Movie miscellany

Further frivolous facts about film (I mean about movies but I was carried away for once by the alliteration).

Movie quiz question: In which movie did Judi Dench, Robbie Coltrane & Kenneth Branagh appeared together?

It was, of course, Branagh’s version of Henry V (1989) in which they played Mistress Quickly, Falstaff, and the king respectively. I admit that, of these, only the king was in the first-billed cast list, but the names of the other characters are surely known even to non-Shakespeare-buffs.

Delving around as before, I noted that in January 2005 Sir Derek Jacobi had appeared in 65 released movies, including the 1989 Henry V in which he was the Chorus (narrator), and in four movies yet to be released at that time. These include the role of a Mr Wheen in Nanny McPhee (2005). in which Emma Thompson had the title role as well as writing the screenplay, and was joined by quite a collection of notable screen names such as Angela Lansbury (playing a great aunt), Colin Firth (as Mr Brown the widowed father of seven children), Celia Imrie as Mrs Quickly (that family name again!) and Imelda Staunton as Mrs Blatherwick (a cameo role of an old fusspot, Mr Brown's cook). “Opposite” the great Jacobi (as they say), Mrs Ada Wheen was played by Eleanor McCready, who had no previous feature movies to her name and only three TV movies (a different, generally lower-budget class of enterprise). I guess it all has to do with the size of the part in the script …

One of the names above, Celia Imrie, is an actress* we used to think of as mainly in such things as Victoria Wood’s shows; but she has been in 23 movies (including both Bridget Jones titles), 24 TV movies and 13 TV series (including Dinnerladies). Quite a track record.

And what of Imelda Staunton? I have noticed her on TV as Mrs Micawber opposite Bob Hoskins (Mr M.) in the production when Maggie Smith was Betsey Trotwood with yet another array of familiar faces, and as Maria in the Trevor Nunn Twelfth Night (1996) with Mel Smith as Sir Toby, Ben Kingsley giving a strange performance as Feste, and Nigel Hawthorne (Sir Humphrey in Yes, Minister) as Malvolio. Ms Staunton had been in a total of 27 feature movies (including voices for animated characters), 12 TV movies and 5 TV series. Such minor stars clearly have plenty of work, plenty of variety in their roles, but probably less of the bother that extreme fame brings. Fairly unexpectedly, Imelda Staunton won the Coppa Volpi award for her performance in Vera Drake (2004) at the 2004 Venice Film Festvial and was nominated for Best Actress in a Leading Role for the 77th Academy Awards (that is, the 2005 Oscars).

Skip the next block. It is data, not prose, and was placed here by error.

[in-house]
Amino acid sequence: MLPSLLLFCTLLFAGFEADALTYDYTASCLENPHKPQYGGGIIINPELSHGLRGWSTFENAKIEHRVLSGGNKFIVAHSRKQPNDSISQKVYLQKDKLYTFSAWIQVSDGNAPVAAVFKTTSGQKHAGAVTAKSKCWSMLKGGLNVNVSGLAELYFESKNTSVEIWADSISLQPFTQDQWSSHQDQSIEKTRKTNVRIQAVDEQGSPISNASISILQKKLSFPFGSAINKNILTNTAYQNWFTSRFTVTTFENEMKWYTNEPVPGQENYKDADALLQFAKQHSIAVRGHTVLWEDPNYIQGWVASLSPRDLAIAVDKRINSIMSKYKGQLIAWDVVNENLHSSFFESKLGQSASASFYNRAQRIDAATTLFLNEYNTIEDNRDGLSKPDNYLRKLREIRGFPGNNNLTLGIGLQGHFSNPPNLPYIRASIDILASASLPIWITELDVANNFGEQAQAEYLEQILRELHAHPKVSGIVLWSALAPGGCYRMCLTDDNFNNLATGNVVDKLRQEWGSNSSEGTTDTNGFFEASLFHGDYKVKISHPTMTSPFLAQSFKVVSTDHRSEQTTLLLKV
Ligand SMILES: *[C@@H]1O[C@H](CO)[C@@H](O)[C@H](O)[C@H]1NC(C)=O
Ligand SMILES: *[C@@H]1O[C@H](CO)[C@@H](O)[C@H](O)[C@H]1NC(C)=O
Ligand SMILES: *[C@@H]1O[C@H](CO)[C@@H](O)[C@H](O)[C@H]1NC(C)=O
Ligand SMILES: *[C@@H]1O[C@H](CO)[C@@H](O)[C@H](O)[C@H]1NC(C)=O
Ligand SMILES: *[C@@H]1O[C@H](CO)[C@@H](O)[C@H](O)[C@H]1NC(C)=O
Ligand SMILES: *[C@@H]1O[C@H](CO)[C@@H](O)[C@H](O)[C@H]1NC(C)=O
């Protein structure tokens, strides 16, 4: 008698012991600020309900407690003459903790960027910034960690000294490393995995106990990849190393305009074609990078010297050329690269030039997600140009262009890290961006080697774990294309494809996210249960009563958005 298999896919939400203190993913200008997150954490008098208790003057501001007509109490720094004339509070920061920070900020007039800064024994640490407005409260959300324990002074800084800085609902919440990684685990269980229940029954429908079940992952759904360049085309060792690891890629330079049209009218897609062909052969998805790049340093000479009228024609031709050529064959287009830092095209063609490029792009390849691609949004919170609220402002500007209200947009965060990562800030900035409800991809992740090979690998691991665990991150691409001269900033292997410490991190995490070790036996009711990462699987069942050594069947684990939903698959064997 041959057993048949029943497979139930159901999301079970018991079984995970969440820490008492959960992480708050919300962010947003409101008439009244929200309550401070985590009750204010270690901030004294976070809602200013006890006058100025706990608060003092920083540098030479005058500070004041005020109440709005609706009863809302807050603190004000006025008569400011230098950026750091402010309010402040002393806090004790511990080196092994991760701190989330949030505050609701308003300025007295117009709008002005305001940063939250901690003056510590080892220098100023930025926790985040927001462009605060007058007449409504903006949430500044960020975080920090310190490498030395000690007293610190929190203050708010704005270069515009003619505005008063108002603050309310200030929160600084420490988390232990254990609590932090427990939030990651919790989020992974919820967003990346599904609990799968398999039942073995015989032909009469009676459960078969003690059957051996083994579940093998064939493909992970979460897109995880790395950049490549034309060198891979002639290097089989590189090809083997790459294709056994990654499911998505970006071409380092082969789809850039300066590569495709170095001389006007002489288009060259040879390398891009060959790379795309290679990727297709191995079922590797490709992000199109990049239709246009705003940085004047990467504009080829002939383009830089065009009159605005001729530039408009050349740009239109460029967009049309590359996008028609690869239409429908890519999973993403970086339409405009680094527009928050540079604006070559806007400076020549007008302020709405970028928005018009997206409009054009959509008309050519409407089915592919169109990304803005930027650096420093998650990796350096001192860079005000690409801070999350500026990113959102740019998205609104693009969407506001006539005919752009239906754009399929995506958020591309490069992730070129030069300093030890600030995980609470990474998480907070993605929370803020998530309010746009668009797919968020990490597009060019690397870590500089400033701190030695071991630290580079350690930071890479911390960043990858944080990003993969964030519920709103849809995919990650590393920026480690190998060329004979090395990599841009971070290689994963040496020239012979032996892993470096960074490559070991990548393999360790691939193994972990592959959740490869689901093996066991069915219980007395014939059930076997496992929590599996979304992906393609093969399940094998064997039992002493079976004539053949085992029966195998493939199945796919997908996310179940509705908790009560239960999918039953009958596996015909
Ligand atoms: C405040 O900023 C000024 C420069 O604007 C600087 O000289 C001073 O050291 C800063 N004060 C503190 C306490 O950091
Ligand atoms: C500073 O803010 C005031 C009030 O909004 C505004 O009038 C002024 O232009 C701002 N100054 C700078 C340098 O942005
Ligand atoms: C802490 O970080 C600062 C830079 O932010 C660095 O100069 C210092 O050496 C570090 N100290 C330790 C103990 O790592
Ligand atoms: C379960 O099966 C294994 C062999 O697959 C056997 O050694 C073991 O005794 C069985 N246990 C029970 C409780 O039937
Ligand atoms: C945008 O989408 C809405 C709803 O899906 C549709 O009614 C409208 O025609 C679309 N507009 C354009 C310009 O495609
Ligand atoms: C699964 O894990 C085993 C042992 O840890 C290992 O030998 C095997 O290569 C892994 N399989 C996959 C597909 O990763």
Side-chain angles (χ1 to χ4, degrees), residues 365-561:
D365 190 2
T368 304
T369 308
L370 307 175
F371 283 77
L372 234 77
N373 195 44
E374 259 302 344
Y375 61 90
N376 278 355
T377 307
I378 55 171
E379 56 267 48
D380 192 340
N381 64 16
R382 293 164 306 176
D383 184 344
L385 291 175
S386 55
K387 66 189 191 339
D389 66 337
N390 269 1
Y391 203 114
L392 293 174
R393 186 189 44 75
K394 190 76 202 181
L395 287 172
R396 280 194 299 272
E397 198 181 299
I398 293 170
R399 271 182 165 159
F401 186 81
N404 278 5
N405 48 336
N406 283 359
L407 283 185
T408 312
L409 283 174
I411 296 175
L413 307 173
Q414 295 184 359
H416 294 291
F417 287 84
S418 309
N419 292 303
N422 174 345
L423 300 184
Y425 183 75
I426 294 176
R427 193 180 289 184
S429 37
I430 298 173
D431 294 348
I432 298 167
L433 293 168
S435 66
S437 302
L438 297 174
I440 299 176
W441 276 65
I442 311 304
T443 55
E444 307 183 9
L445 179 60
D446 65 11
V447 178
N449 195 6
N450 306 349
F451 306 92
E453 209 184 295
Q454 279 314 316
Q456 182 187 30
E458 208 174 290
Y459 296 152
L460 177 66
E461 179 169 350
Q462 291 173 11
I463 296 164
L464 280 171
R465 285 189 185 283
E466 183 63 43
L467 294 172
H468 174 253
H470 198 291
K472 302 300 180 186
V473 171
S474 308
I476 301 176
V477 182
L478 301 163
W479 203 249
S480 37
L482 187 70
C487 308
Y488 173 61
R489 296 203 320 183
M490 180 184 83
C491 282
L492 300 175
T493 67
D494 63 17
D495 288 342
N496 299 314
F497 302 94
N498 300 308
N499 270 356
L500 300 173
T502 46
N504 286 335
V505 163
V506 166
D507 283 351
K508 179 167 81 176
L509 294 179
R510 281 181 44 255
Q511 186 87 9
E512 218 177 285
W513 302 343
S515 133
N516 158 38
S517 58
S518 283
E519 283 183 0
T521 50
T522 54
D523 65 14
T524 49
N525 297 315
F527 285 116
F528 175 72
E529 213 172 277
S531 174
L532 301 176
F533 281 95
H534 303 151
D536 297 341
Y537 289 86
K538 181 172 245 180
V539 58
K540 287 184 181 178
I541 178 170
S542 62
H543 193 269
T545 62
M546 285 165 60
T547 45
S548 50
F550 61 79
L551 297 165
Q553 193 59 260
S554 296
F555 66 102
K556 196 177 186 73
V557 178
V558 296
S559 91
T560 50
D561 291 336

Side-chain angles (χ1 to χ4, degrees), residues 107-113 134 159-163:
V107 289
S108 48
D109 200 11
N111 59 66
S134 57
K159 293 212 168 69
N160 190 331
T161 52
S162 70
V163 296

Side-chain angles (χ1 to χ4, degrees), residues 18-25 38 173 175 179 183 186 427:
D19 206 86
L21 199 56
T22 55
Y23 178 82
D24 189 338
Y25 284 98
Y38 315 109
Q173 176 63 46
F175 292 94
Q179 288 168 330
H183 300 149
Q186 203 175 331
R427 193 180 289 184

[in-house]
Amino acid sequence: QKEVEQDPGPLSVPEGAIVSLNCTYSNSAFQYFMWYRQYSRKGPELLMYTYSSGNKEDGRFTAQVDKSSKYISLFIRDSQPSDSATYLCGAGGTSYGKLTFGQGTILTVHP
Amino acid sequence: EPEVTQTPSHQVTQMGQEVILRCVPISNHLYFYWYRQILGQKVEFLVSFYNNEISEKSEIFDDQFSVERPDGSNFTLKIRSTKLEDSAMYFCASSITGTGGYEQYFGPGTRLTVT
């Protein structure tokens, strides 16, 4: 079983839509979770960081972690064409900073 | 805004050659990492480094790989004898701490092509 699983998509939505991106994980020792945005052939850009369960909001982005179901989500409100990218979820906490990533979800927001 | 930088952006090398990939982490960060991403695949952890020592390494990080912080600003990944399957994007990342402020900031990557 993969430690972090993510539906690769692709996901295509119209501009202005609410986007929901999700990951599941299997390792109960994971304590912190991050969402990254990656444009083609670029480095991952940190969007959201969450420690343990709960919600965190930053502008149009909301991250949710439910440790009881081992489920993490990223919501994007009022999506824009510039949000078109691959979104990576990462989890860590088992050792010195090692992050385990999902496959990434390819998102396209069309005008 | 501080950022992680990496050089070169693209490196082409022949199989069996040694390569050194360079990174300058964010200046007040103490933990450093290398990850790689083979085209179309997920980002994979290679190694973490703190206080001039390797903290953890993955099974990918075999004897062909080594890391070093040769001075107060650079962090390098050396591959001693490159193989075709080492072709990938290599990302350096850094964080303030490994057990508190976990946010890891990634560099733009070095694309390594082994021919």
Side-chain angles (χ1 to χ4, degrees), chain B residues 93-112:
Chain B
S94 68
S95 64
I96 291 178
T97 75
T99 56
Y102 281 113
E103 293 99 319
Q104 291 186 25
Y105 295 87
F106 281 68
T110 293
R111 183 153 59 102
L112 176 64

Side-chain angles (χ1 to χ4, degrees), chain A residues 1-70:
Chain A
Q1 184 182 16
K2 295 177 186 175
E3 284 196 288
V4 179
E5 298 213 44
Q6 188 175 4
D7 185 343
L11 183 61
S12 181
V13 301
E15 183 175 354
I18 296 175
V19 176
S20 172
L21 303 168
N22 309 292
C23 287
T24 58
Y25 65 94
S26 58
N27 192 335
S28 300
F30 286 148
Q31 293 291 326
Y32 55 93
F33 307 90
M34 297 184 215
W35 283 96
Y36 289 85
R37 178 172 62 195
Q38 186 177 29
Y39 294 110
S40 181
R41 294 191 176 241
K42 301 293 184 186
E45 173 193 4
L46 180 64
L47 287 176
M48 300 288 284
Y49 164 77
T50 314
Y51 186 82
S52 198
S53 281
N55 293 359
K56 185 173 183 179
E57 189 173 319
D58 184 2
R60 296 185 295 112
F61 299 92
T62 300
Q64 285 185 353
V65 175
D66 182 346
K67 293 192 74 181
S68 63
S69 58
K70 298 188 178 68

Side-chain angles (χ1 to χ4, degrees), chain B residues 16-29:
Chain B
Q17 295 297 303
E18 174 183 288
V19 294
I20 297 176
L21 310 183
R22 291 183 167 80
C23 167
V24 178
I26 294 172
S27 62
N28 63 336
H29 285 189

Another aspect of fame is the sort of roles the most famous actors take. We all know of Sir John Gielgud, seemingly the universal resort to play thin old men, from the butler Hobson looking after Arthur (Dudley Moore, 1981 & 1988) and uttering four letter words in the same fastidious voice and accent as he used in every part — as far as I know, the only voice he could do — to a series of august personages such as Cardinal Wolsey, the title role in Prospero’s Books, music professor Cecil Parkes in Shine, King Arthur and elsewhere the voice of his wizard Merlin, and so on. In some of these roles he was only on screen for a minute or two with a line or two; directors seemed to like just having him in the cast and indeed perhaps just having that wizened old face in shot did what they wanted for their movie. I dare say he was quite well paid for turning up too, right into his old age. I gather it’s claimed that he regretted his part in Caligula (1979) after what was done with one released version of it.

* I find the “politically correct” avoidance of the term “actress” silly.

Revised January 2007 from an article first published in SEMantics Issue 171 January 2005